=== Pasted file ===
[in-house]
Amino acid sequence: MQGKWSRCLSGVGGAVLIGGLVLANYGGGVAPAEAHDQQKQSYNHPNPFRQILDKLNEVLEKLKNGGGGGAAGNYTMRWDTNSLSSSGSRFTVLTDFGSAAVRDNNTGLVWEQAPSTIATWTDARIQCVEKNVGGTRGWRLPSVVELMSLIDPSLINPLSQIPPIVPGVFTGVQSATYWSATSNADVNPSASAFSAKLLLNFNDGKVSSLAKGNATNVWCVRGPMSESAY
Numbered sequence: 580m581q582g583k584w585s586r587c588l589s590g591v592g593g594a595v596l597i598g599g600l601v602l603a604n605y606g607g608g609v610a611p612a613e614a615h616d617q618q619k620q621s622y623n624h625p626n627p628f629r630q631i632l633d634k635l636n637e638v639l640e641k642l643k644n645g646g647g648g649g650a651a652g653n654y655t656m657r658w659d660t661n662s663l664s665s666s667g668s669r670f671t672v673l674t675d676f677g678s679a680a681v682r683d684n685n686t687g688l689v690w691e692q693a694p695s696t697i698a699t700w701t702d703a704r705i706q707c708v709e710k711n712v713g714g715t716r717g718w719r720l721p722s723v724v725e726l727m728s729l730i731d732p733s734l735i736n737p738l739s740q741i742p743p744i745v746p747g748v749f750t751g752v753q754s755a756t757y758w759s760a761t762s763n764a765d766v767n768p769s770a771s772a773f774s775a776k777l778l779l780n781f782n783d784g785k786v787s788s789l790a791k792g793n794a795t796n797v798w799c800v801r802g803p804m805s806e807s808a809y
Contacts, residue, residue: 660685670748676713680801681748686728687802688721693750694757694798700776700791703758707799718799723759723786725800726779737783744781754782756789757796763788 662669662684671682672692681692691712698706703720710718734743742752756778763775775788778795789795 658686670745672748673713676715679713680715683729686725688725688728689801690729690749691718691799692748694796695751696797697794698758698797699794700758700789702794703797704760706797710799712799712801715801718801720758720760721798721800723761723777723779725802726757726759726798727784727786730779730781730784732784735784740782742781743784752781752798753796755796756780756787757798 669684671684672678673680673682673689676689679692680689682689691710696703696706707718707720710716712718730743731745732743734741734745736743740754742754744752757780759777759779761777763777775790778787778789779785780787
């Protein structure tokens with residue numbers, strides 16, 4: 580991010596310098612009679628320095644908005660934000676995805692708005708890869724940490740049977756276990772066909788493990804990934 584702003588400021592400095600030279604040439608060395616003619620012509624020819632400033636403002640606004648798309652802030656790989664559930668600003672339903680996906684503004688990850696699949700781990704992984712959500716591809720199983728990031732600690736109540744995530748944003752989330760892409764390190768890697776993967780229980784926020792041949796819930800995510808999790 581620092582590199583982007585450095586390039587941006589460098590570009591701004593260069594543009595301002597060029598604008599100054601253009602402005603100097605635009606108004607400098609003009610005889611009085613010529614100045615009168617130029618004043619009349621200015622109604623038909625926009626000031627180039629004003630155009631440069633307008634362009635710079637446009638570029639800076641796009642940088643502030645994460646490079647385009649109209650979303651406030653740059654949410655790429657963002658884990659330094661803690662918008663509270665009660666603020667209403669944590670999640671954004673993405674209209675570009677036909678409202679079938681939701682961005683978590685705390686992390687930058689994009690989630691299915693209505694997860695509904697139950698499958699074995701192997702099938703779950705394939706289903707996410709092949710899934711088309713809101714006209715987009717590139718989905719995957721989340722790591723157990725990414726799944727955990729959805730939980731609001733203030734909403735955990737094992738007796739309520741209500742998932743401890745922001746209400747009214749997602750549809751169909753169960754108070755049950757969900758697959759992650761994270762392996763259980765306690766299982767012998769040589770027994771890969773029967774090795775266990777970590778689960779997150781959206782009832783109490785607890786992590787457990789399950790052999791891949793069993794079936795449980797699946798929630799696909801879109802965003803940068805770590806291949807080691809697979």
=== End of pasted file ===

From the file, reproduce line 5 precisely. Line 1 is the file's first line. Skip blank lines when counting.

């Protein structure tokens with residue numbers, strides 16, 4: 580991010596310098612009679628320095644908005660934000676995805692708005708890869724940490740049977756276990772066909788493990804990934 584702003588400021592400095600030279604040439608060395616003619620012509624020819632400033636403002640606004648798309652802030656790989664559930668600003672339903680996906684503004688990850696699949700781990704992984712959500716591809720199983728990031732600690736109540744995530748944003752989330760892409764390190768890697776993967780229980784926020792041949796819930800995510808999790 581620092582590199583982007585450095586390039587941006589460098590570009591701004593260069594543009595301002597060029598604008599100054601253009602402005603100097605635009606108004607400098609003009610005889611009085613010529614100045615009168617130029618004043619009349621200015622109604623038909625926009626000031627180039629004003630155009631440069633307008634362009635710079637446009638570029639800076641796009642940088643502030645994460646490079647385009649109209650979303651406030653740059654949410655790429657963002658884990659330094661803690662918008663509270665009660666603020667209403669944590670999640671954004673993405674209209675570009677036909678409202679079938681939701682961005683978590685705390686992390687930058689994009690989630691299915693209505694997860695509904697139950698499958699074995701192997702099938703779950705394939706289903707996410709092949710899934711088309713809101714006209715987009717590139718989905719995957721989340722790591723157990725990414726799944727955990729959805730939980731609001733203030734909403735955990737094992738007796739309520741209500742998932743401890745922001746209400747009214749997602750549809751169909753169960754108070755049950757969900758697959759992650761994270762392996763259980765306690766299982767012998769040589770027994771890969773029967774090795775266990777970590778689960779997150781959206782009832783109490785607890786992590787457990789399950790052999791891949793069993794079936795449980797699946798929630799696909801879109802965003803940068805770590806291949807080691809697979």